Ambassadors from the 27 European Union member states on Sunday examined a compromise mooted to enable them to break the deadlock on a Russian oil embargo ahead of an emergency summit in Brussels.
The bloc's officials fear the absence of an agreement would cast a shadow over the two-day meeting starting Monday between European leaders.
Ukrainian President Volodymyr Zelensky will address the gathering by video link to press the bloc to "kill Russian exports" three months after the invasion of Ukraine.
The latest round of proposed sanctions by the EU has been blocked by landlocked Hungary, which has no access to seafaring oil cargo ships.
Hungary is dependent for 65 percent of its oil needs on Russian crude supplied via the Druzhba pipeline, which runs from Russia to various points in eastern and central Europe.
Budapest has rejected as inadequate a proposal to allow it two years longer than other EU states to wean itself off Russian oil.
It wants at least four years and at least 800 million euros ($860 million) in EU funds to adapt its refineries to process non-Russian crude and boost pipeline capacity to neighbouring Croatia.
Slovakia and the Czech Republic, also supplied by the Druzhba pipeline, accepted exemptions of two and half years, diplomatic sources said.
The compromise solution put to national negotiators on Sunday consists in excluding the Druzhba pipeline from a future oil embargo and only imposing sanctions on oil shipped to the EU by tanker vessel, European sources said.
The Druzhba pipeline accounts for a third of all EU oil supplies from Russia. Maritime cargos account for the remaining two thirds.
- No agreement -
The compromise was tabled by France, which currently holds the rotating EU presidency, and by the European Council, which represents the governments of the EU nations.
Oil pumped in via the Druzhba pipeline would be excluded "for the time being", said one EU official.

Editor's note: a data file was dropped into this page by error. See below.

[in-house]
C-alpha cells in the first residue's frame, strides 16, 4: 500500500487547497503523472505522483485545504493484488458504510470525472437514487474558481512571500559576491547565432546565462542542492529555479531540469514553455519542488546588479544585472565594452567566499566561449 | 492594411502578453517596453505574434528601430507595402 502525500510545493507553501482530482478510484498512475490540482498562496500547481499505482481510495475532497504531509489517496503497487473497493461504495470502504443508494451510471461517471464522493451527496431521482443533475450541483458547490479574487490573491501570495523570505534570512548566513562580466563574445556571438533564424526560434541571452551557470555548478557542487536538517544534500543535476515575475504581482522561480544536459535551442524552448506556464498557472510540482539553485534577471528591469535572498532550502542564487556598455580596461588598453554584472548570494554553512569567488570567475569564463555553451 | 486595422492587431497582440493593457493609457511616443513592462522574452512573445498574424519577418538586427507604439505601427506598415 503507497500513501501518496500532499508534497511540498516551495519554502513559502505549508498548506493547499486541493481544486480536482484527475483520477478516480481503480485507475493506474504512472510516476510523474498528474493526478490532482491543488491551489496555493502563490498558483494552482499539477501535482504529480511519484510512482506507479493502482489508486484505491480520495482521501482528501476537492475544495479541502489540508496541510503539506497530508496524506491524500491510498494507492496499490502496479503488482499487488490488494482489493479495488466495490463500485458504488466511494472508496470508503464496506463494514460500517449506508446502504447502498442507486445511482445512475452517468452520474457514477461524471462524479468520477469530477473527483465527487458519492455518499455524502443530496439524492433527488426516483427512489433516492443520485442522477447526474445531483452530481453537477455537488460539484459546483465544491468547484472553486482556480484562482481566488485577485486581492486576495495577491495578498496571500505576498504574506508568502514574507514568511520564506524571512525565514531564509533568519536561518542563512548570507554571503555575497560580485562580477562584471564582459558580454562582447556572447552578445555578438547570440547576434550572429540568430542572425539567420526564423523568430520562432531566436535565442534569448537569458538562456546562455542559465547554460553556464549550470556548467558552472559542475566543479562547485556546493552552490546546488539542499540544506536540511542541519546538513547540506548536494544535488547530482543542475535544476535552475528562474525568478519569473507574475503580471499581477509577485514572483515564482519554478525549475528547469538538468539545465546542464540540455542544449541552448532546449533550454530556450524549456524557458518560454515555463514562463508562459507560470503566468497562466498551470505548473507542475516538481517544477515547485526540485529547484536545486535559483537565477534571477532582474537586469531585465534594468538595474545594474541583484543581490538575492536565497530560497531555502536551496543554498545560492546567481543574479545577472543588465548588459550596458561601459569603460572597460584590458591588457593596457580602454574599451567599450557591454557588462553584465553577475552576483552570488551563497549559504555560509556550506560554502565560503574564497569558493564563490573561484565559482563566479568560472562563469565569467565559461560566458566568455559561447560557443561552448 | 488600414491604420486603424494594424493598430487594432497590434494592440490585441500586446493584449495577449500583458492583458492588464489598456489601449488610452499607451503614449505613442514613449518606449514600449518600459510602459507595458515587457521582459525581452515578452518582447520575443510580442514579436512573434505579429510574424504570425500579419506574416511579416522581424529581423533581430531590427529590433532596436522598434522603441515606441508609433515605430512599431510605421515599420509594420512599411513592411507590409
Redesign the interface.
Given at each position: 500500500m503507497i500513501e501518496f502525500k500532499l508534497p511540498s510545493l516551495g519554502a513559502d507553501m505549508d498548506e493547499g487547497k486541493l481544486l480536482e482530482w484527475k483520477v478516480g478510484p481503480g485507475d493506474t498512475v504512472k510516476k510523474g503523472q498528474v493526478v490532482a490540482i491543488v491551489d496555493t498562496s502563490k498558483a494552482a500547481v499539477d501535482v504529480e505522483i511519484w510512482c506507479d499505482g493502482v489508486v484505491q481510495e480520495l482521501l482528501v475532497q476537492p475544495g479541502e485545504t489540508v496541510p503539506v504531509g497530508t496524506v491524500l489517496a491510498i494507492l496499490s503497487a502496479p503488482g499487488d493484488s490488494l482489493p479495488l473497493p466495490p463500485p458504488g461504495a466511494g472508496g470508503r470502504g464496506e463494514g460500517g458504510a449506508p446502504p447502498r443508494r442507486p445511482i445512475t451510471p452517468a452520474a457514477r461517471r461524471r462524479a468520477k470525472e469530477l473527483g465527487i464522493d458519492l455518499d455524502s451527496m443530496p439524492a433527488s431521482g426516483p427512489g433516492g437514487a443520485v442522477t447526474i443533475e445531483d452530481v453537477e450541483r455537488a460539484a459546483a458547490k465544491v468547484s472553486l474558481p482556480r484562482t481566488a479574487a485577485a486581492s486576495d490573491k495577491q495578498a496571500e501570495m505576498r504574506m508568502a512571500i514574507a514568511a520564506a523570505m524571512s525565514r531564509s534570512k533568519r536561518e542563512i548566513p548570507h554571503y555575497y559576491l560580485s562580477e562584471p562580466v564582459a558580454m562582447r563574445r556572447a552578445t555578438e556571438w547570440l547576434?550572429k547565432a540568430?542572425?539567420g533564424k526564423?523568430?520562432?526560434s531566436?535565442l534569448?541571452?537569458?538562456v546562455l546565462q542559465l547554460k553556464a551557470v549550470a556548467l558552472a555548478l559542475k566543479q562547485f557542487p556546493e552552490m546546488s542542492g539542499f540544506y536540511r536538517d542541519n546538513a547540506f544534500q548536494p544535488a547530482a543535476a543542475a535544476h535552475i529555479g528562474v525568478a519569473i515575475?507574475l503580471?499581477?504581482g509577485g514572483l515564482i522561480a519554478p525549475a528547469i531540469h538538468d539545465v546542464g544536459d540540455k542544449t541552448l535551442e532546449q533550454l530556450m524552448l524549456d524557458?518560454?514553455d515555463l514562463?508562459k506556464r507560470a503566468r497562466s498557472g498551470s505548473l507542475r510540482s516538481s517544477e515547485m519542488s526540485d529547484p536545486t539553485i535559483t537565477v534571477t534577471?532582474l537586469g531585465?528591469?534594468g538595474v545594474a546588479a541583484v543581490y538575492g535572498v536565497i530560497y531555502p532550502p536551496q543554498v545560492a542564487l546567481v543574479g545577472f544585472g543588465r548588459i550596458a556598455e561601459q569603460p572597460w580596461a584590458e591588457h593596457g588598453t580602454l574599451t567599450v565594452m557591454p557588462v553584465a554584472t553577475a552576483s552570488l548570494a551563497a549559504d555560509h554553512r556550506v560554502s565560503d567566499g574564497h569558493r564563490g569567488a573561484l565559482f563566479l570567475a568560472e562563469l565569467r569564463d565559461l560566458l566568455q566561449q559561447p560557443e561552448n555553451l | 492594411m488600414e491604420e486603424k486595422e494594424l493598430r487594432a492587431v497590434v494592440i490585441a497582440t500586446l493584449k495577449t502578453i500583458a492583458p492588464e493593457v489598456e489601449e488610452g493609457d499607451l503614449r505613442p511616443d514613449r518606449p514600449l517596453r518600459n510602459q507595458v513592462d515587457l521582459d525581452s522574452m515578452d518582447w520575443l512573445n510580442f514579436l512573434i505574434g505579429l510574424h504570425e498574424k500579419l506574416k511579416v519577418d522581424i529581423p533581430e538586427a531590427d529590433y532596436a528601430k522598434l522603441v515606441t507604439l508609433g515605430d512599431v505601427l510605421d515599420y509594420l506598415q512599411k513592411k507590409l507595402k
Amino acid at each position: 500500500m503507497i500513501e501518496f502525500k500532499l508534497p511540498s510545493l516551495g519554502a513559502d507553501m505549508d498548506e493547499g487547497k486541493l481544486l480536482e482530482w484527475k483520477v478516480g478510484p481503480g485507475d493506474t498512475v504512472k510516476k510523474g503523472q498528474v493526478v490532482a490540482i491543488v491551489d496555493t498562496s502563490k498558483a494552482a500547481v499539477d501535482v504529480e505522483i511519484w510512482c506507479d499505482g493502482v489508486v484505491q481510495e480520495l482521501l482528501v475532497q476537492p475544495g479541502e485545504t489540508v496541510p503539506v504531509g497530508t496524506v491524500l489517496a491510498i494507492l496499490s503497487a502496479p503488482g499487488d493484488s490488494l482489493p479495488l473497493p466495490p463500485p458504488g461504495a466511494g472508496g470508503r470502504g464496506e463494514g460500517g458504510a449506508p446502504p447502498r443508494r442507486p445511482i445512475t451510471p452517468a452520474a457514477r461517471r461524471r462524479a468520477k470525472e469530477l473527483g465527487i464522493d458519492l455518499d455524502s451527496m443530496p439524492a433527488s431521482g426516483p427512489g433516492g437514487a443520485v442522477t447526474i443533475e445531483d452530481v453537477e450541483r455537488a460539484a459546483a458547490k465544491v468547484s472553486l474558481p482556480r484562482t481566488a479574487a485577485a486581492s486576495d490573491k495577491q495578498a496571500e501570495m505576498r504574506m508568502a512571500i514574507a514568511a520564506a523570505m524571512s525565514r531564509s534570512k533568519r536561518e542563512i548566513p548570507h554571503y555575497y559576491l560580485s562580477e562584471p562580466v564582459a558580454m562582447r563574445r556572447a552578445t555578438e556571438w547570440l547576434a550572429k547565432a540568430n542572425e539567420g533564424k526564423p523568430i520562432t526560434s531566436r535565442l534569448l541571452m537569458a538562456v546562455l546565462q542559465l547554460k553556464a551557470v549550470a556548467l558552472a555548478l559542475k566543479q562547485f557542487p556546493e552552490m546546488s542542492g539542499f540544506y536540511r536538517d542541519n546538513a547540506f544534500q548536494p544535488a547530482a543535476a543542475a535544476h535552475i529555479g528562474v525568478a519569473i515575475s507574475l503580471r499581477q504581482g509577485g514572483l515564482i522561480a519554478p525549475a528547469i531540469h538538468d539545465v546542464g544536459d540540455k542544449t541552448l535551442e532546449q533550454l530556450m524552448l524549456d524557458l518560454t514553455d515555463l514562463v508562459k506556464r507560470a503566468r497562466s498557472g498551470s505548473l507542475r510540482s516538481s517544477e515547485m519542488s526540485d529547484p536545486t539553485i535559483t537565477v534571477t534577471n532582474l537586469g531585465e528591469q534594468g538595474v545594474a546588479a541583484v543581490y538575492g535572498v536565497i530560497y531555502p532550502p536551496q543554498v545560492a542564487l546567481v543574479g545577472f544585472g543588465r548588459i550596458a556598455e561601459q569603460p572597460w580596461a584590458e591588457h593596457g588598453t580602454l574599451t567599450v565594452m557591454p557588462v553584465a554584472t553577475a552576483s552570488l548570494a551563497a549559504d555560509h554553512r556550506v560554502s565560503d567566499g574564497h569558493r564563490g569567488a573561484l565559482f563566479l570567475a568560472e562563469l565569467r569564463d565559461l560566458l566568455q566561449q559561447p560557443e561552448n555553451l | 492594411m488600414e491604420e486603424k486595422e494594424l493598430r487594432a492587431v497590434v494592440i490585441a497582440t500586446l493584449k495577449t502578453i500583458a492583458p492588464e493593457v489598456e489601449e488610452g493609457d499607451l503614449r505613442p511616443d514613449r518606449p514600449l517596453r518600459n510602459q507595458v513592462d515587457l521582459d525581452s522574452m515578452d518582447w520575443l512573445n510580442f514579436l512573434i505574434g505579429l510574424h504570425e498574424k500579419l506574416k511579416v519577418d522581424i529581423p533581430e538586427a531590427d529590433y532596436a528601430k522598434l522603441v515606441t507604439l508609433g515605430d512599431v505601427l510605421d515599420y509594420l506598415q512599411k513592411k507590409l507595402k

The aim is to break a stalemate that has, since early May, prevented the EU from imposing a sixth round of sanctions on Moscow over its war in Ukraine.
The proposal envisages ending the purchases of Russian crude within six months and Russian petroleum products by the end of the year.
It would also impose additional sanctions on Russian banks and expand the list of Russian individuals blacklisted by the bloc.
Yet EU ambassadors did not find agreement on the compromise, with one EU official saying a "difficult and complex discussion" failed to bridge disaccord.
Another EU official said the mooted compromise raised questions of fairness on the sanctions burden shouldered by member states.
An EU diplomat said it was hoped an agreement could still be reached in time for Monday's summit, though that was far from certain.
"It might not work, it might work, but I think we have a duty to try," the official said.
"There is a willingness from all member states to work on oil and to ban (Russian) oil from from European markets. The question is, how to do it and how to cater for national specificities," he added.
"To be frank, the question of sanctions will be in the room" when EU leaders meet, the official said.
Another option under consideration would be to postpone the entire package of new sanctions until a solution can be found to provide Hungary with alternative oil supplies, the sources said.
The EU wants to cut funding for the Kremlin's war effort. Last year's bill for Russian oil imports was 80 billion euros ($86 billion), four times greater than it was for gas in 2021.